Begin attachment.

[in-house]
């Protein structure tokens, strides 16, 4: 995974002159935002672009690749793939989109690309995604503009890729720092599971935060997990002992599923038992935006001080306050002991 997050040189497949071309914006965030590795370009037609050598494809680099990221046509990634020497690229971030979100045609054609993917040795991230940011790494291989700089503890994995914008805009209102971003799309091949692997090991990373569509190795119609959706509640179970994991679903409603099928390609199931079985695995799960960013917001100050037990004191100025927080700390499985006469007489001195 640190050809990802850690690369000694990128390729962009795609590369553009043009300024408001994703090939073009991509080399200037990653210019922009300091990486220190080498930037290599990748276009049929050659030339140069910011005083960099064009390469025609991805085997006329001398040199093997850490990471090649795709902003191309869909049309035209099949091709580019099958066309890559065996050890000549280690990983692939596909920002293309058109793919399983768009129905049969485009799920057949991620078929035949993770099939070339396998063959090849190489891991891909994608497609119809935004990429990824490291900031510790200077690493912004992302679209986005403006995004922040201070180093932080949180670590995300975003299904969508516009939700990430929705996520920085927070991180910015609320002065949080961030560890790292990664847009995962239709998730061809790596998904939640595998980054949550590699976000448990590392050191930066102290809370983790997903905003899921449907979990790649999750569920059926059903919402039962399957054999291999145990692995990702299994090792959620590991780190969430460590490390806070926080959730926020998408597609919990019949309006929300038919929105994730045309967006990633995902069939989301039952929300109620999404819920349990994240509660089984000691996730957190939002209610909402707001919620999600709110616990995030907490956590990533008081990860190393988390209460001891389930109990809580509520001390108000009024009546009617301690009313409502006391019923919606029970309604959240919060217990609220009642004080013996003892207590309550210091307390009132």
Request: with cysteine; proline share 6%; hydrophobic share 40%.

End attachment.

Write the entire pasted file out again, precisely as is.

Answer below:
[in-house]
């Protein structure tokens, strides 16, 4: 995974002159935002672009690749793939989109690309995604503009890729720092599971935060997990002992599923038992935006001080306050002991 997050040189497949071309914006965030590795370009037609050598494809680099990221046509990634020497690229971030979100045609054609993917040795991230940011790494291989700089503890994995914008805009209102971003799309091949692997090991990373569509190795119609959706509640179970994991679903409603099928390609199931079985695995799960960013917001100050037990004191100025927080700390499985006469007489001195 640190050809990802850690690369000694990128390729962009795609590369553009043009300024408001994703090939073009991509080399200037990653210019922009300091990486220190080498930037290599990748276009049929050659030339140069910011005083960099064009390469025609991805085997006329001398040199093997850490990471090649795709902003191309869909049309035209099949091709580019099958066309890559065996050890000549280690990983692939596909920002293309058109793919399983768009129905049969485009799920057949991620078929035949993770099939070339396998063959090849190489891991891909994608497609119809935004990429990824490291900031510790200077690493912004992302679209986005403006995004922040201070180093932080949180670590995300975003299904969508516009939700990430929705996520920085927070991180910015609320002065949080961030560890790292990664847009995962239709998730061809790596998904939640595998980054949550590699976000448990590392050191930066102290809370983790997903905003899921449907979990790649999750569920059926059903919402039962399957054999291999145990692995990702299994090792959620590991780190969430460590490390806070926080959730926020998408597609919990019949309006929300038919929105994730045309967006990633995902069939989301039952929300109620999404819920349990994240509660089984000691996730957190939002209610909402707001919620999600709110616990995030907490956590990533008081990860190393988390209460001891389930109990809580509520001390108000009024009546009617301690009313409502006391019923919606029970309604959240919060217990609220009642004080013996003892207590309550210091307390009132």
Request: with cysteine; proline share 6%; hydrophobic share 40%.